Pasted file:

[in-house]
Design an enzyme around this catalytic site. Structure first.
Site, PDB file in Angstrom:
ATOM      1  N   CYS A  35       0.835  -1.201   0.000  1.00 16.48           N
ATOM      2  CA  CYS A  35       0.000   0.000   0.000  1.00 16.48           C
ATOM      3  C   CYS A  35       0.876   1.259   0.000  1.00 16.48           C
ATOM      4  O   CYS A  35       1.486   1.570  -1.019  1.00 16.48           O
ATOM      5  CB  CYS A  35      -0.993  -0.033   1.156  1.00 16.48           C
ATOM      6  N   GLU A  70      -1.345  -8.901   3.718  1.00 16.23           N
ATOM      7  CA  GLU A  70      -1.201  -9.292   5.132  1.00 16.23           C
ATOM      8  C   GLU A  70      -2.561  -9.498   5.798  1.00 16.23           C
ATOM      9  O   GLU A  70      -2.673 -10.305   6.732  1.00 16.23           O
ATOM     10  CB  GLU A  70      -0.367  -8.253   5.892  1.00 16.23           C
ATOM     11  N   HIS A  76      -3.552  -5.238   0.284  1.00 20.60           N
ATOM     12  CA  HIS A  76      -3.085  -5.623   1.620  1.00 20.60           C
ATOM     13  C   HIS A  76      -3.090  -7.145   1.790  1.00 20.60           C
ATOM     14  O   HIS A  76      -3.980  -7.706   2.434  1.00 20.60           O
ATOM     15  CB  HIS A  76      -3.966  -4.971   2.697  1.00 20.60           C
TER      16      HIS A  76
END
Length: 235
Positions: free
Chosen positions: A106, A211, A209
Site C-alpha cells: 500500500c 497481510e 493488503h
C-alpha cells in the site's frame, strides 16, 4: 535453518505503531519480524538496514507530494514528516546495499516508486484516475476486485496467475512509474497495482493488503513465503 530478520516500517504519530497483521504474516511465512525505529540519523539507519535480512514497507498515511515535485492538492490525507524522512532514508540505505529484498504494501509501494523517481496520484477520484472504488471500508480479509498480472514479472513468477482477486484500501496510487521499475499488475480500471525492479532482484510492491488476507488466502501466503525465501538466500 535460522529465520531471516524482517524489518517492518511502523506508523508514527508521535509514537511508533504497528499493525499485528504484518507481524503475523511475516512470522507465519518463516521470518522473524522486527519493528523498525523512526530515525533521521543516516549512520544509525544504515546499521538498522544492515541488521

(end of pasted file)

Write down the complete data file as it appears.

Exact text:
[in-house]
Design an enzyme around this catalytic site. Structure first.
Site, PDB file in Angstrom:
ATOM      1  N   CYS A  35       0.835  -1.201   0.000  1.00 16.48           N
ATOM      2  CA  CYS A  35       0.000   0.000   0.000  1.00 16.48           C
ATOM      3  C   CYS A  35       0.876   1.259   0.000  1.00 16.48           C
ATOM      4  O   CYS A  35       1.486   1.570  -1.019  1.00 16.48           O
ATOM      5  CB  CYS A  35      -0.993  -0.033   1.156  1.00 16.48           C
ATOM      6  N   GLU A  70      -1.345  -8.901   3.718  1.00 16.23           N
ATOM      7  CA  GLU A  70      -1.201  -9.292   5.132  1.00 16.23           C
ATOM      8  C   GLU A  70      -2.561  -9.498   5.798  1.00 16.23           C
ATOM      9  O   GLU A  70      -2.673 -10.305   6.732  1.00 16.23           O
ATOM     10  CB  GLU A  70      -0.367  -8.253   5.892  1.00 16.23           C
ATOM     11  N   HIS A  76      -3.552  -5.238   0.284  1.00 20.60           N
ATOM     12  CA  HIS A  76      -3.085  -5.623   1.620  1.00 20.60           C
ATOM     13  C   HIS A  76      -3.090  -7.145   1.790  1.00 20.60           C
ATOM     14  O   HIS A  76      -3.980  -7.706   2.434  1.00 20.60           O
ATOM     15  CB  HIS A  76      -3.966  -4.971   2.697  1.00 20.60           C
TER      16      HIS A  76
END
Length: 235
Positions: free
Chosen positions: A106, A211, A209
Site C-alpha cells: 500500500c 497481510e 493488503h
C-alpha cells in the site's frame, strides 16, 4: 535453518505503531519480524538496514507530494514528516546495499516508486484516475476486485496467475512509474497495482493488503513465503 530478520516500517504519530497483521504474516511465512525505529540519523539507519535480512514497507498515511515535485492538492490525507524522512532514508540505505529484498504494501509501494523517481496520484477520484472504488471500508480479509498480472514479472513468477482477486484500501496510487521499475499488475480500471525492479532482484510492491488476507488466502501466503525465501538466500 535460522529465520531471516524482517524489518517492518511502523506508523508514527508521535509514537511508533504497528499493525499485528504484518507481524503475523511475516512470522507465519518463516521470518522473524522486527519493528523498525523512526530515525533521521543516516549512520544509525544504515546499521538498522544492515541488521